US 2678647 A
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y 18, 1954 c. w. BRUGER 2,678,647
HYPODERMIC SYRINGE ADAPTER Filed Aug. 21, 1952 INVENTOR Char-Zea Z0 Bruger' BY W47, W
ATTORNEY Patented May 18, 1954 UNITED STATES-1- earsm OFFICE HYPODERMIC SYRINGE ADAPTER Charles W. Bruger, Union City, N. J. Application August 21, 1952, Serial No. 305,540
This invention relates to syringes and particularly for medicinal syringes of the type in common use. One of the most popular and generally used present day syringes comprises the usual cylinder or medicine container having an adaptable needle at the end and a plunger. These syringes usually have a slight flange in the top but are generally cylindrical in shape and at times are inclined to be slippery and difficult to handle. They have a further disadvantage in letting certain types of medicine, such as penicillin suspension, if a slight delay occurs, congeal very quickly in the needle, thus clogging the needle and requiring a resterilization and another injection. Such a delay may be caused by the slippage of the fingers on the syringe which will cause uneven and jerky administration.
An object of this invention is to provide an adapter which will be of light weight and which will be capable of accommodating syringes of varying sizes but which, at the same time, will provide the administering physician with a comfortable and sure grip of the syringe.
A further object is to provide an adapter which may be placed on the conventional syringe with a minimum of eiiort and which may readily be removed therefrom.
A still further object is to provide a selective adapter which will which will be sure in its application and will thus avoid the possibility of delay with resulting clogging and the necessity of reapplication.
Further objects and advantages of my invention become apparent from the following description and accompanying drawings, in which- Fig. 1 is a perspective view of my adapter applied to a conventional syringe cylinder or medicament container.
Fig. 2 is a detailed view of the finger grip portion of my adapter.
Fig. 3 is a detailed view of the fastening element.
Fig. 4 is a bottom plan view of the elements shown in Fig. 2.
Fig. 5 is a cross-sectional separated.
Referring more particularly to the drawings, the conventional syringe I is provided with a standard needle H, a plunger 12 which passes through the fiange portion l3 and which is provided with a thumb button M. My adapter i is relatively simple and economical in structure and consists basically of two parts, first, a finger grip portion having 2. depending thread and slotan adapter for view of the adapter be less fatiguing to use but ted shank, and, secondly, a fastening element consisting of a threaded nut which engages the threaded shank.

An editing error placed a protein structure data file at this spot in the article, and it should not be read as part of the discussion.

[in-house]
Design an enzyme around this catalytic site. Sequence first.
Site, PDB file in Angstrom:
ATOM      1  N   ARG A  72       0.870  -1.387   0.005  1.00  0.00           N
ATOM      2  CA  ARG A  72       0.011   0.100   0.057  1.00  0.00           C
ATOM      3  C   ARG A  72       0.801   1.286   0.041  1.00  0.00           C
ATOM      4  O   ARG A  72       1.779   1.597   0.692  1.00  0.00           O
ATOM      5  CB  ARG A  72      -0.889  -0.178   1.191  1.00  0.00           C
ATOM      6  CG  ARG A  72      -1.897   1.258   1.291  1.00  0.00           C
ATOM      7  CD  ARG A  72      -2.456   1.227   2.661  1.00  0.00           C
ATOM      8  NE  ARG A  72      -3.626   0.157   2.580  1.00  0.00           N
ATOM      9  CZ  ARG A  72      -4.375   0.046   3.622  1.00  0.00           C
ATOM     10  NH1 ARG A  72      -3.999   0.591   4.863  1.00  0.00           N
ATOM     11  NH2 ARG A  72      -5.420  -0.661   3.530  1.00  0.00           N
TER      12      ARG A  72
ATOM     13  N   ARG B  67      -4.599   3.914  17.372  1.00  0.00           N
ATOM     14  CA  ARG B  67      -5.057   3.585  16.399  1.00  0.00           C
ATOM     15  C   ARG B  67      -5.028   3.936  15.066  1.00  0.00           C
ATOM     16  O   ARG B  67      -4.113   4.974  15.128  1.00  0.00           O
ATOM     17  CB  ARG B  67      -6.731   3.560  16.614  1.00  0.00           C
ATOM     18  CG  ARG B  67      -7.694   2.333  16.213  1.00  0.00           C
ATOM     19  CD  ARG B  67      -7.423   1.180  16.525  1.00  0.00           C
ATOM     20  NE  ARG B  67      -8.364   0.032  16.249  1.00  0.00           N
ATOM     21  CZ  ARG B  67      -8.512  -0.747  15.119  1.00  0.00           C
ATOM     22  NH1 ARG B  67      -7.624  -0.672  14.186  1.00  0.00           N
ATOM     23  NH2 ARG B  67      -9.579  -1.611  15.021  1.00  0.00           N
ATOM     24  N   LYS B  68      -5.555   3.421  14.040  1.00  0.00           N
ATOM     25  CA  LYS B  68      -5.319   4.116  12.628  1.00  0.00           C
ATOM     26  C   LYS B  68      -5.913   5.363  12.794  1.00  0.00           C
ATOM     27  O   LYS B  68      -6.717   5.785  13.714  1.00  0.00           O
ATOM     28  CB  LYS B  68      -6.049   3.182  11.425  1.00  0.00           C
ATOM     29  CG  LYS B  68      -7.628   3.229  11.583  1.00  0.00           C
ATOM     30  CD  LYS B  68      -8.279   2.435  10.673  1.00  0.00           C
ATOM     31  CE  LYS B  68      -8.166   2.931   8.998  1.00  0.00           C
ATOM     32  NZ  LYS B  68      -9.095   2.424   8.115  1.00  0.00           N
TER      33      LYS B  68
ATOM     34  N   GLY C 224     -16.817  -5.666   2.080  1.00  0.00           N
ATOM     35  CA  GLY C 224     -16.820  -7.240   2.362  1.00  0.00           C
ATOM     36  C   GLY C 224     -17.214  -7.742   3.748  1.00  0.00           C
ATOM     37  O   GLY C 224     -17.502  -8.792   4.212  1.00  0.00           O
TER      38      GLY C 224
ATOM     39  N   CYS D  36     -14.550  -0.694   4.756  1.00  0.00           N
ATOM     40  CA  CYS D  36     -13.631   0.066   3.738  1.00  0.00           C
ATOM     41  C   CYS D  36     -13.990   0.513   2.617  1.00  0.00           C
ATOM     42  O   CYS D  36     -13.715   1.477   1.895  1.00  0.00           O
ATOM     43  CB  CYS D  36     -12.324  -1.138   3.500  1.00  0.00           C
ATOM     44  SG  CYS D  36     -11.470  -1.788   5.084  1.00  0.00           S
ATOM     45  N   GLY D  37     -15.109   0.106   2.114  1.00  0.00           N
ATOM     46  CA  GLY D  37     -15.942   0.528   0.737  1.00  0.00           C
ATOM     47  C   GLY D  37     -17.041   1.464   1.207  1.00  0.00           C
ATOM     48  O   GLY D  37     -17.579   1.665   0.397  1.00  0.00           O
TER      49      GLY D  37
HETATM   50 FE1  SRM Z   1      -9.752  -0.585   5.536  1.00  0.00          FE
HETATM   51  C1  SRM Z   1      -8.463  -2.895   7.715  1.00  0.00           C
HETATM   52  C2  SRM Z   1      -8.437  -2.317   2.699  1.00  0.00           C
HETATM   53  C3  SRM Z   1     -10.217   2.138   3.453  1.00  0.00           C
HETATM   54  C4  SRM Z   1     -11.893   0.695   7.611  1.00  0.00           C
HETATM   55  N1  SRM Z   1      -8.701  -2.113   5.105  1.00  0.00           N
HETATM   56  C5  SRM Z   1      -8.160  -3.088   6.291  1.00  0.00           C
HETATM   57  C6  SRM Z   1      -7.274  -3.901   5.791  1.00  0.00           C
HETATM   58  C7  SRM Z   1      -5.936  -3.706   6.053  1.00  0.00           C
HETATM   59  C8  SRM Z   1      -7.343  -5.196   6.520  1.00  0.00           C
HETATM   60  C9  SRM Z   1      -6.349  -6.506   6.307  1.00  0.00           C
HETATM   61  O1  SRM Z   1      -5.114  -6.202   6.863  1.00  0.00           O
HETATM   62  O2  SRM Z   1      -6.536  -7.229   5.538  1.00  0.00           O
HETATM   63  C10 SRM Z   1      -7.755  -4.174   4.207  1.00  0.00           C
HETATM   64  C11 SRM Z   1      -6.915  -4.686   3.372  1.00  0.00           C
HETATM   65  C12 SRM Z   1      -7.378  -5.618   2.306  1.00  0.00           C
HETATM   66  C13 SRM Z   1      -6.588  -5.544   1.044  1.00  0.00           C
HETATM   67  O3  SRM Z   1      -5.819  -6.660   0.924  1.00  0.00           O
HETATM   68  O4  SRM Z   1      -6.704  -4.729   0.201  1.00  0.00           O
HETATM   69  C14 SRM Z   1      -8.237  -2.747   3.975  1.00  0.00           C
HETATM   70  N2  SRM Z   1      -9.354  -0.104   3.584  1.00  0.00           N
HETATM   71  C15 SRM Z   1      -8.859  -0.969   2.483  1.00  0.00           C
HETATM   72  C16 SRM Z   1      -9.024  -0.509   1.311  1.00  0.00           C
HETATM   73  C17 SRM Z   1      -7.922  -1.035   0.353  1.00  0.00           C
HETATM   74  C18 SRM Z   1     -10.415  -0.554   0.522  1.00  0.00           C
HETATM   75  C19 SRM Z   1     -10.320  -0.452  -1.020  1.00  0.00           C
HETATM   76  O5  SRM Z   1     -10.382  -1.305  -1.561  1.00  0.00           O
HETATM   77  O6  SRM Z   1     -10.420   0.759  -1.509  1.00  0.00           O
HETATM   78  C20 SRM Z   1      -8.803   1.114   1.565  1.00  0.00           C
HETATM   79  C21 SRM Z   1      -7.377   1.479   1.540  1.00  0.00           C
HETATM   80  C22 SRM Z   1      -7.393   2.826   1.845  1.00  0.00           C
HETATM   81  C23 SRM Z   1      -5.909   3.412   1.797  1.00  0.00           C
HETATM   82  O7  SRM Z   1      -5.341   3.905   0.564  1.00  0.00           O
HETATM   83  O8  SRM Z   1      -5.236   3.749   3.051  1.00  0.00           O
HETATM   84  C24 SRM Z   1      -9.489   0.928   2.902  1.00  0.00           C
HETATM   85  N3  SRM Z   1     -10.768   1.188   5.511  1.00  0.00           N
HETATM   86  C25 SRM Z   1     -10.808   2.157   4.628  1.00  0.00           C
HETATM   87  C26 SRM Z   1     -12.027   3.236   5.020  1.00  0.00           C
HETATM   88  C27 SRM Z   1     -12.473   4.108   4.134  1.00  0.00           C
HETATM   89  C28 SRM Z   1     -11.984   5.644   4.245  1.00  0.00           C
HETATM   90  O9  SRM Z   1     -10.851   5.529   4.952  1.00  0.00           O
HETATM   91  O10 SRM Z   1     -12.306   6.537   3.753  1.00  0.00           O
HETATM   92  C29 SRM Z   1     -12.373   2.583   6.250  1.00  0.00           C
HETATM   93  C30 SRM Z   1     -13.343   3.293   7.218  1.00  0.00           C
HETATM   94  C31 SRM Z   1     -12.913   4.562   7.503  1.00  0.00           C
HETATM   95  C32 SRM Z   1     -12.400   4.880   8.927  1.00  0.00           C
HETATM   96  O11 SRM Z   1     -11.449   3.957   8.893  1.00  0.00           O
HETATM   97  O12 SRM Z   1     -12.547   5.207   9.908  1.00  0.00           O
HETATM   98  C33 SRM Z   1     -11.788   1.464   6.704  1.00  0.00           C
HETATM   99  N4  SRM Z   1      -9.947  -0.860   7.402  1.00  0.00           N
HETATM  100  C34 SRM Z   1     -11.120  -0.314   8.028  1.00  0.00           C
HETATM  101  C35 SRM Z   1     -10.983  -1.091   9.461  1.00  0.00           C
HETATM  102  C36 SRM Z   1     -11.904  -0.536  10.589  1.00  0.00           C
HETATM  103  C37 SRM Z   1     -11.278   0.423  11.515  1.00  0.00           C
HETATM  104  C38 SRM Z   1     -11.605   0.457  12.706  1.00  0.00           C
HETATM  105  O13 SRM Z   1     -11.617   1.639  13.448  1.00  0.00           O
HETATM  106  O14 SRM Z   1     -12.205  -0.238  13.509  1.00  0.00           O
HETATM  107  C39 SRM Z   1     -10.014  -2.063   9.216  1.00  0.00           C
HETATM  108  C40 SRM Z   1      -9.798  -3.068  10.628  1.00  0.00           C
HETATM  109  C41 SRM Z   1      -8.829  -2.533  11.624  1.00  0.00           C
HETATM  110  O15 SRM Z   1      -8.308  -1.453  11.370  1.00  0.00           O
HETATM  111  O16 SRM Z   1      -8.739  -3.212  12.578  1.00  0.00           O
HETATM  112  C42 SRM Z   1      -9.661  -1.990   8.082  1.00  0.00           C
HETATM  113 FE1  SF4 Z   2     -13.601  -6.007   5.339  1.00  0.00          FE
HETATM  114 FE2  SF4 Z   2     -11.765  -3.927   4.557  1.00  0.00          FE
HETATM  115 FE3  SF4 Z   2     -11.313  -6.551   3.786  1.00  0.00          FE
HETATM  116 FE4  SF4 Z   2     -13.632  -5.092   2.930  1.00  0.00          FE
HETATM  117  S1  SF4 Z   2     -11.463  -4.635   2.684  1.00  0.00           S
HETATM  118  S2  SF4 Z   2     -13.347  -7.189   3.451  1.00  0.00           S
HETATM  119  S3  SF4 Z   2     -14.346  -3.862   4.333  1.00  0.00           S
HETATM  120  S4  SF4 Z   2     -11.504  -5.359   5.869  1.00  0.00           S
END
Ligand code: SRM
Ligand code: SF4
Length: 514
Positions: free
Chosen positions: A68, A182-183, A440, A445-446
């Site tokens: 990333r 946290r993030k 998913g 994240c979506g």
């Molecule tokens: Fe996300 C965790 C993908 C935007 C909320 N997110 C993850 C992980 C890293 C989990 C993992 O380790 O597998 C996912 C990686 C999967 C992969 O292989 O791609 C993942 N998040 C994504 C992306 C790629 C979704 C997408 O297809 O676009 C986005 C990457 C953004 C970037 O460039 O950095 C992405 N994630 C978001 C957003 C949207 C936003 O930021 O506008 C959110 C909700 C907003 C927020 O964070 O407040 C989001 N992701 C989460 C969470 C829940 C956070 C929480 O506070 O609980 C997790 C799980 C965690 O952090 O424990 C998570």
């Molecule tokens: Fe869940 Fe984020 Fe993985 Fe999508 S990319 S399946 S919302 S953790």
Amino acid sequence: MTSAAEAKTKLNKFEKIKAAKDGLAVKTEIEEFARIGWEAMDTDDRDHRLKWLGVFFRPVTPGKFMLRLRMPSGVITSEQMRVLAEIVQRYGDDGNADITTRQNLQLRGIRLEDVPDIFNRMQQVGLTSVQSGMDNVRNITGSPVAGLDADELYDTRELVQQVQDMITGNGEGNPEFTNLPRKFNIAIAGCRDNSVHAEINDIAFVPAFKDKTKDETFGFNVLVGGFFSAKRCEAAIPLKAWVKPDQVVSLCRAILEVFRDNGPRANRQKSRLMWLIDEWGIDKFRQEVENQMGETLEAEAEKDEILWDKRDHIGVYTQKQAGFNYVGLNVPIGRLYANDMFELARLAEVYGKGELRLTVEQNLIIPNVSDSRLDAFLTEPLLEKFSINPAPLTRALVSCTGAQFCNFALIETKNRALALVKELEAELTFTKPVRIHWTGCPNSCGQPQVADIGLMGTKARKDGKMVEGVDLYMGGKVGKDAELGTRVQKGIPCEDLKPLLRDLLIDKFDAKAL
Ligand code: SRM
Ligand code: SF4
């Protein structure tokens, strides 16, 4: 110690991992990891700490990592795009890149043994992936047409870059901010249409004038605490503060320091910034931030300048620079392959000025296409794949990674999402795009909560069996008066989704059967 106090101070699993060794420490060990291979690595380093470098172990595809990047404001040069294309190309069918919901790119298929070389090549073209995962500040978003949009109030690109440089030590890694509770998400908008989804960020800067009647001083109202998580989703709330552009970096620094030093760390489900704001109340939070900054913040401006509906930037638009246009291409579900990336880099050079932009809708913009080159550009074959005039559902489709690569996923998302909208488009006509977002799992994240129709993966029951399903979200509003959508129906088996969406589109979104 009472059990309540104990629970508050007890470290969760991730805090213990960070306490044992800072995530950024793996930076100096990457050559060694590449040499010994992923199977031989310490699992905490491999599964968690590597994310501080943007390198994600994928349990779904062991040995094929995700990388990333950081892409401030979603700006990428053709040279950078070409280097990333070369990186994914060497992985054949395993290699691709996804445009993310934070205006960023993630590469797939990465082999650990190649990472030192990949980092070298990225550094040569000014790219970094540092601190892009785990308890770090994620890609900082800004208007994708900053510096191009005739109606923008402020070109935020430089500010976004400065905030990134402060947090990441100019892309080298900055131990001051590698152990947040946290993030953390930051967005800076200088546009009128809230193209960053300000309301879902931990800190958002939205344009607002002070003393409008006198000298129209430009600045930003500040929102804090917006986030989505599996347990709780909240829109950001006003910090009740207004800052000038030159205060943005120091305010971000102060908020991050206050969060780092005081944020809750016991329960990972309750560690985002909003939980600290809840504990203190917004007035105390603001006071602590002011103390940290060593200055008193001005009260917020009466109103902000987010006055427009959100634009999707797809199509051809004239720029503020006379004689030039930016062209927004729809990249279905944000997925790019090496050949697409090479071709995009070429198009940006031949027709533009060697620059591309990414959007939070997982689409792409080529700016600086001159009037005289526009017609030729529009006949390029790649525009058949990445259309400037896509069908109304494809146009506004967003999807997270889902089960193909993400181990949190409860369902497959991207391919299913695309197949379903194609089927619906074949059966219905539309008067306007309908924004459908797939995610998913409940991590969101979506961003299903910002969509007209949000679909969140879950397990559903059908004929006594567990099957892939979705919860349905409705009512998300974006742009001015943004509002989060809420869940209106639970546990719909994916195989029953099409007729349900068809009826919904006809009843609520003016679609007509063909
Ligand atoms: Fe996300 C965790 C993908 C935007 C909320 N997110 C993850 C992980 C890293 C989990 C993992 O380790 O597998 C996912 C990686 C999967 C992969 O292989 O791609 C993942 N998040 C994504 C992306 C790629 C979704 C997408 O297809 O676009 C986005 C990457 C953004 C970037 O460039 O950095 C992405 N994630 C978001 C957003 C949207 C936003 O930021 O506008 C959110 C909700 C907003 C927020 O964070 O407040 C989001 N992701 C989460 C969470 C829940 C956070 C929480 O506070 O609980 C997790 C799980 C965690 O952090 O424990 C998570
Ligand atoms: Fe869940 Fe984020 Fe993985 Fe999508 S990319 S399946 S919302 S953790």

Referring more particularly to the drawings the member I5 is provided with a pair of finger holds or grips ll which are curved on the underside lfi to engage the first and second fingers of a hand. The finger grip portion is provided with a bore through which the syringe may be inserted. It is also provided with a threaded shank I9 which in turn has a plurality of slots 22 and a bevelled lower portion IS.
The threaded nut 29 is adapted to engage the shank i9 and the threads thereon and is bevelled on the inside at M to engage the bevel I8 on the shank and to cause the shank to contract and firmly grip the syringe Iil. The nut 20 is provided with grooves 2! or finger grips to facilitate its use.
The slots 22 in addition to allowing the constriction of the shank I!) also provide full vision when the syringe is completely filled hence the administrator can determine the amount of liquid therein.
In operation the nut 26 is normally left upon the shank 59 but is screwed downwardly to ease the pressure on the shank. When the device is to be used the conventional syringe may be inserted very quickly through the bore 23 and the nut 28 tightened to provide a firm grip. When the syringe is empty or to be resterilized it can be readily removed from the adapter by loosening the nut 29.
It will be appreciated that in view of the flexibility caused by the slots 22, which are preferably four in number, variances in tensions of the syringe is are readily absorbed and a one-size adapter may handle several sizes of syringes.
While I prefer to manufacture my adapter out of a relatively light material it might just as well be made of plastic, hard rubber or any other suitable material.
1. A syringe adapting unit comprising a memer having a pair of finger grips, 9, depending shank, a syringe receiving bore extending through said member and said shank, external threads on said shank and a bevelled edge on the end of said shank, a tightening element comprising an internally threaded unit having a bevelled portion to engage the bevelled portion of said shank and to press the interior of said shank against a syringe body in said bore.
2. A syringe adapting unit comprising a. member having a pair of laterally extending fingergrips, a depending shank, a bore extending References Cited in the file of this patent through said member and said shank receiving UNITED STATES PATENTS an independent syringe unit, said shank being provided with a plurality of slots and terminat- Number N Date ing in a. bevelled edge, external threads on said 5 753,241 Davldson 1904 shank, a tightening element comprising an inter- 736,697 WaFkenhuth 1905 nally threaded unit having a bevelled portion 1,456,717 smlth et a1 May 1923 engaging the bevelled portion of said shank to- FOREIGN PATENTS irgesisi $11132 lllliellol of said shank against a syringe m "Number Country 2 Date 571,601 Germany Mar. 2, 1933